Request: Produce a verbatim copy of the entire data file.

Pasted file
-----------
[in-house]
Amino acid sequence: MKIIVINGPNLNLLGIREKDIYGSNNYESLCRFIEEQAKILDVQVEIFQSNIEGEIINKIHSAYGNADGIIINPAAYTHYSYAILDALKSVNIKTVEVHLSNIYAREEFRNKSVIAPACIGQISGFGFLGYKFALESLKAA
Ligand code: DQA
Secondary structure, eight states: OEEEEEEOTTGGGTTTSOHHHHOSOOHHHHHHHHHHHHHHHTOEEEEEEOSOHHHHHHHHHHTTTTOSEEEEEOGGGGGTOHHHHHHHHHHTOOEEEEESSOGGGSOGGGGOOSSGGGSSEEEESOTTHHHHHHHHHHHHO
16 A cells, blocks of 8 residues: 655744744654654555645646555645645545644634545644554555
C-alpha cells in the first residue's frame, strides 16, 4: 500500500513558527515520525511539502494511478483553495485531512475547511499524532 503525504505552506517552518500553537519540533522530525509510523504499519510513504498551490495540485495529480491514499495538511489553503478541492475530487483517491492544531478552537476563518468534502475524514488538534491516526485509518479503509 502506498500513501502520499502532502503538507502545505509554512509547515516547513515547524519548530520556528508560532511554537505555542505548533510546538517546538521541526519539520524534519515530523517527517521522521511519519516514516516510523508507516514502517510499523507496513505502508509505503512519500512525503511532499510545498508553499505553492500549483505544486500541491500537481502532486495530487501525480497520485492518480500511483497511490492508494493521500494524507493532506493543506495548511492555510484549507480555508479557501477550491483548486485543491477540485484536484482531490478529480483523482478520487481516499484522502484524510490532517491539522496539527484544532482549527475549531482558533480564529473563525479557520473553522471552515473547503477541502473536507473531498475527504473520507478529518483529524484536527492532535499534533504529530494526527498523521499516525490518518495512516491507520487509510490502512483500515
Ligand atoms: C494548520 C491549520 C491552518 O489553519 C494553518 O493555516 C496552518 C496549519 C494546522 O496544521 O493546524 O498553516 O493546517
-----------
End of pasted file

[in-house]
Amino acid sequence: MKIIVINGPNLNLLGIREKDIYGSNNYESLCRFIEEQAKILDVQVEIFQSNIEGEIINKIHSAYGNADGIIINPAAYTHYSYAILDALKSVNIKTVEVHLSNIYAREEFRNKSVIAPACIGQISGFGFLGYKFALESLKAA
Ligand code: DQA
Secondary structure, eight states: OEEEEEEOTTGGGTTTSOHHHHOSOOHHHHHHHHHHHHHHHTOEEEEEEOSOHHHHHHHHHHTTTTOSEEEEEOGGGGGTOHHHHHHHHHHTOOEEEEESSOGGGSOGGGGOOSSGGGSSEEEESOTTHHHHHHHHHHHHO
16 A cells, blocks of 8 residues: 655744744654654555645646555645645545644634545644554555
C-alpha cells in the first residue's frame, strides 16, 4: 500500500513558527515520525511539502494511478483553495485531512475547511499524532 503525504505552506517552518500553537519540533522530525509510523504499519510513504498551490495540485495529480491514499495538511489553503478541492475530487483517491492544531478552537476563518468534502475524514488538534491516526485509518479503509 502506498500513501502520499502532502503538507502545505509554512509547515516547513515547524519548530520556528508560532511554537505555542505548533510546538517546538521541526519539520524534519515530523517527517521522521511519519516514516516510523508507516514502517510499523507496513505502508509505503512519500512525503511532499510545498508553499505553492500549483505544486500541491500537481502532486495530487501525480497520485492518480500511483497511490492508494493521500494524507493532506493543506495548511492555510484549507480555508479557501477550491483548486485543491477540485484536484482531490478529480483523482478520487481516499484522502484524510490532517491539522496539527484544532482549527475549531482558533480564529473563525479557520473553522471552515473547503477541502473536507473531498475527504473520507478529518483529524484536527492532535499534533504529530494526527498523521499516525490518518495512516491507520487509510490502512483500515
Ligand atoms: C494548520 C491549520 C491552518 O489553519 C494553518 O493555516 C496552518 C496549519 C494546522 O496544521 O493546524 O498553516 O493546517